MD and the other gentlemen are patiently waiting for the ambulance to arrive and remove their dear old dead friend Forbes so they may resume their billiard match. Time is of the essence. They keep checking the big Seagram’s neon clock on the wall and start pacing as they all have things to do places to go and people to meet. Pretty soon, they huddle up. It looks like they are praying but, in fact, they are debating the protocol of death in a pool hall. After a moment of whispers and quiet introspection, MD says, it is what it is, and they continue their billiard match knowing that if roles were reversed and it was one of them stretched out...Forbes would do the exact same thing.
Chickenman delicately peels back the white wrapping paper, revealing a plump moist bun with ketchup, mustard and mayo squeezing out of the sides. He peeks under the bun at the charbroiled paddy, making sure the pickles and onions are where they’re supposed to be and the cheese is in the proper melting mode before drawing the burger to his mouth like communion. His eyes roll back in his head as the virgin juices of red meat and condiments blend and slide down his throat and drip off his chin.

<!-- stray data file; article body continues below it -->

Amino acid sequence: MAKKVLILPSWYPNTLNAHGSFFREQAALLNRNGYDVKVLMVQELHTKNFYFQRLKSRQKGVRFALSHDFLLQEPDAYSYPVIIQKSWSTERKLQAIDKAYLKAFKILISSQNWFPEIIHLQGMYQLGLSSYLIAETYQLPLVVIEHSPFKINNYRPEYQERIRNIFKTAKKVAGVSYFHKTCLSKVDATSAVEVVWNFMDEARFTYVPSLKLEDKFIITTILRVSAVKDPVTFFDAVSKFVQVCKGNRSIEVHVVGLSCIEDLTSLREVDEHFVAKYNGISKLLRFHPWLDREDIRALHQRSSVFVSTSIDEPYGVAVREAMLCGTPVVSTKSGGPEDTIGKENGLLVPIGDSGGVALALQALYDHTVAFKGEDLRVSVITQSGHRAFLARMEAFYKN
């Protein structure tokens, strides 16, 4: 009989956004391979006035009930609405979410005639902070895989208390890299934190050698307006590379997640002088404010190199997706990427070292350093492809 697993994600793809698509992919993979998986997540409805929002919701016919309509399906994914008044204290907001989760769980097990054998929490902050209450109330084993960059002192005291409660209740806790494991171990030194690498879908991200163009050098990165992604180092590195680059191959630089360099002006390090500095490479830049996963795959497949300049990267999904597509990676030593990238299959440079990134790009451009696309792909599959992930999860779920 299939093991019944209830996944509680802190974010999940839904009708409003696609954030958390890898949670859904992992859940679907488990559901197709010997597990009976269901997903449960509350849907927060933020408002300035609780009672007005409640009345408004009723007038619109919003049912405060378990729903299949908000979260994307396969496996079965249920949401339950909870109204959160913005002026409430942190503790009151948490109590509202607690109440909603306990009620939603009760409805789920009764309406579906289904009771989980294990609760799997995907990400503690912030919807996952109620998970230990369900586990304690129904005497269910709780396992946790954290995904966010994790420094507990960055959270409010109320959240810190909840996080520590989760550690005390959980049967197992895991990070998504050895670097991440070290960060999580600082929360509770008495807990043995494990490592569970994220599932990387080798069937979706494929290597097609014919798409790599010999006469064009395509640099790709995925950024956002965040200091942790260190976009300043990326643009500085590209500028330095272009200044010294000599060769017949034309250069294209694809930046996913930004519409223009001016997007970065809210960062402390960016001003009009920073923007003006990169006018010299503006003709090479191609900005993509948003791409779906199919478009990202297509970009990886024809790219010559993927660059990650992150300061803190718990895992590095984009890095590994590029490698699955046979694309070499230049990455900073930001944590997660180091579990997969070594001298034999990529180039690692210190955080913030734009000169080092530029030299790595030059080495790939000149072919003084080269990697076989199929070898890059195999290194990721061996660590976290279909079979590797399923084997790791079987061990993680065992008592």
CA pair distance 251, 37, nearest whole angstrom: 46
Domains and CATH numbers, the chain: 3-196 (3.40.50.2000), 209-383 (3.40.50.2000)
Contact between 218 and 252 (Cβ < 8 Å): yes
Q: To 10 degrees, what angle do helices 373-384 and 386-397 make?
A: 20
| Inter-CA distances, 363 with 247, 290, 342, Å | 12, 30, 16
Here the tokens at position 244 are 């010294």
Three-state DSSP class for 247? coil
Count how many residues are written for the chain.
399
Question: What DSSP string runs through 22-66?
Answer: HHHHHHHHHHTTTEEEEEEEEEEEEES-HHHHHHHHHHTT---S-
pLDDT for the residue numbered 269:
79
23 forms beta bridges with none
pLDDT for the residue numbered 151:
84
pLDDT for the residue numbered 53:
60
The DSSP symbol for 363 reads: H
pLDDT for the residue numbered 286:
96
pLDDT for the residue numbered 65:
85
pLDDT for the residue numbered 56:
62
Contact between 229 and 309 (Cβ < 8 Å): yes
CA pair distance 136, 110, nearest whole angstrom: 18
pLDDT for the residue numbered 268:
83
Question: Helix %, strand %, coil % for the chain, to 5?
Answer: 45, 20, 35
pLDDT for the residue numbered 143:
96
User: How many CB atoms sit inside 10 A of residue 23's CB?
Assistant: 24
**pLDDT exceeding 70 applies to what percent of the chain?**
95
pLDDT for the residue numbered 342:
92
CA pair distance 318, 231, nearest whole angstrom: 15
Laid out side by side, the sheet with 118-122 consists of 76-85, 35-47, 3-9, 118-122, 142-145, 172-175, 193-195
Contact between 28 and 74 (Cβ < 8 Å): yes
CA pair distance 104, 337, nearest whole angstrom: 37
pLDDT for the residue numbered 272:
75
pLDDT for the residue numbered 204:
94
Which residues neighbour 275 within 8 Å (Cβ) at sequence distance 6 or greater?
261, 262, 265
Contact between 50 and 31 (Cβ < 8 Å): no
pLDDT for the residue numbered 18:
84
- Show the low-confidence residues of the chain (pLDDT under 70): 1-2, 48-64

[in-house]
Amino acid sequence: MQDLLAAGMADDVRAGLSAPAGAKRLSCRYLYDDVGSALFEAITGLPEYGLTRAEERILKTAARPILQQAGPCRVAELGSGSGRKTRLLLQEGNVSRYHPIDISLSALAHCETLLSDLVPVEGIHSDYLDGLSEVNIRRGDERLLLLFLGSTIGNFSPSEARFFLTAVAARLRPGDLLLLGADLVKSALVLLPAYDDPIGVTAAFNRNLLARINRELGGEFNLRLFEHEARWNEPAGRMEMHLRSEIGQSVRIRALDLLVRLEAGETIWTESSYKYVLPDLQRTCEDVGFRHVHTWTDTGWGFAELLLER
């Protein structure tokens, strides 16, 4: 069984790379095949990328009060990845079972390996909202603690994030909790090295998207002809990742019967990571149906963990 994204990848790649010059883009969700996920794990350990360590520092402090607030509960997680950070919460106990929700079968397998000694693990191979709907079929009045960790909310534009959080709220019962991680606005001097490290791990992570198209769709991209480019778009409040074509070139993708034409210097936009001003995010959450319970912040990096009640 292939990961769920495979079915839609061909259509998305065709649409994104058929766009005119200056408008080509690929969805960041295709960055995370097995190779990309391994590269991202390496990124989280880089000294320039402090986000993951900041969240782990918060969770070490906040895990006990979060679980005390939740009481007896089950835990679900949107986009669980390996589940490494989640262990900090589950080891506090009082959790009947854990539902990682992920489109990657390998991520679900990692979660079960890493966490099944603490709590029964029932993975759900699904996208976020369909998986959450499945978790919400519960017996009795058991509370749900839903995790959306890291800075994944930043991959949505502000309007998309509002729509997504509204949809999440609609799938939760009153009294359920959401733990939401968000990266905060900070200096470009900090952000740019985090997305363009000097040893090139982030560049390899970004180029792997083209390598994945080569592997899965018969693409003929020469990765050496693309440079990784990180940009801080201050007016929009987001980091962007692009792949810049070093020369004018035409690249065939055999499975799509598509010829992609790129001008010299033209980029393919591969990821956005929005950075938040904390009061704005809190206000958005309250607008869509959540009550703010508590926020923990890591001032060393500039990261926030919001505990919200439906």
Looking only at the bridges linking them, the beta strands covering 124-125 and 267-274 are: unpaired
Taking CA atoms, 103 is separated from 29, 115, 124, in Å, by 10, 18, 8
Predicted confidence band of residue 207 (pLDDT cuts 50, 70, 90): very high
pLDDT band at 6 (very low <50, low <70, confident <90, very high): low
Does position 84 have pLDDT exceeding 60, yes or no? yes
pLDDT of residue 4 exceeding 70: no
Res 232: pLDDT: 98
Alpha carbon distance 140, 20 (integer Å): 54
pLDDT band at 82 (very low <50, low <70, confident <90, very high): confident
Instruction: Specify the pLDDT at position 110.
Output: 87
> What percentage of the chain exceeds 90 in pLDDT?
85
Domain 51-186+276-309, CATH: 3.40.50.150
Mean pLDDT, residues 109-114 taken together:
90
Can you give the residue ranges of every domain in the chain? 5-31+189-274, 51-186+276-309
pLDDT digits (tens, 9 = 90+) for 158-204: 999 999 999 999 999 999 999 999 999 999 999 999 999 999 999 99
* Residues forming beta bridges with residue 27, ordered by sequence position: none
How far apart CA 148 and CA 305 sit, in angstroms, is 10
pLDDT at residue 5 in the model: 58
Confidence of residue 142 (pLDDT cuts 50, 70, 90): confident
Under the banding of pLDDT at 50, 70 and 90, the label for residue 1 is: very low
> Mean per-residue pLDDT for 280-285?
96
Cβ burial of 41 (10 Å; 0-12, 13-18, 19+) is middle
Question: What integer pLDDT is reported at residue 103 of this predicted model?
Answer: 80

The three gentlemen are stepping around and over their dear old dead friend Forbes, trying not to add insult to injury by tripping over him. Considering the circumstances of their twisted and contorted positions, they’re still making some splendid three and four bank billiard shots.
One of the gentleman points out that Forbes’ wingtips have just recently been re-soled and heeled.
What a waste of good Italian leather, MD says.